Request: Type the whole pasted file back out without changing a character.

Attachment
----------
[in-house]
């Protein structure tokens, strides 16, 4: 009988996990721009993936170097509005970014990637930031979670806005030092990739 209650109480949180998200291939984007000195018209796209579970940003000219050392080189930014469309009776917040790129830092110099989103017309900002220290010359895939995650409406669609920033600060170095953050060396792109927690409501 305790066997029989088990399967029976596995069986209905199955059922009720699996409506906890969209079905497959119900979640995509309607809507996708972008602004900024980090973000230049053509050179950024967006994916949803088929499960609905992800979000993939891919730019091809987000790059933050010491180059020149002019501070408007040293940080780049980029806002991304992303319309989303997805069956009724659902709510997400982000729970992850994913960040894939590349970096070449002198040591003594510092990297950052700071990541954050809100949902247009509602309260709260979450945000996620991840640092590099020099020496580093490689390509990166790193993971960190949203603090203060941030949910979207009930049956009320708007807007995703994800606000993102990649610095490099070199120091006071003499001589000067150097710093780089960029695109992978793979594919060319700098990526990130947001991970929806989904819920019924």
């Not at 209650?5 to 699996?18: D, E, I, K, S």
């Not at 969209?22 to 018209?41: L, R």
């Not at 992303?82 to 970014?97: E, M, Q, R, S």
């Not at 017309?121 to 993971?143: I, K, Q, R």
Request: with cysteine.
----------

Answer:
[in-house]
């Protein structure tokens, strides 16, 4: 009988996990721009993936170097509005970014990637930031979670806005030092990739 209650109480949180998200291939984007000195018209796209579970940003000219050392080189930014469309009776917040790129830092110099989103017309900002220290010359895939995650409406669609920033600060170095953050060396792109927690409501 305790066997029989088990399967029976596995069986209905199955059922009720699996409506906890969209079905497959119900979640995509309607809507996708972008602004900024980090973000230049053509050179950024967006994916949803088929499960609905992800979000993939891919730019091809987000790059933050010491180059020149002019501070408007040293940080780049980029806002991304992303319309989303997805069956009724659902709510997400982000729970992850994913960040894939590349970096070449002198040591003594510092990297950052700071990541954050809100949902247009509602309260709260979450945000996620991840640092590099020099020496580093490689390509990166790193993971960190949203603090203060941030949910979207009930049956009320708007807007995703994800606000993102990649610095490099070199120091006071003499001589000067150097710093780089960029695109992978793979594919060319700098990526990130947001991970929806989904819920019924």
């Not at 209650?5 to 699996?18: D, E, I, K, S």
């Not at 969209?22 to 018209?41: L, R």
């Not at 992303?82 to 970014?97: E, M, Q, R, S």
């Not at 017309?121 to 993971?143: I, K, Q, R």
Request: with cysteine.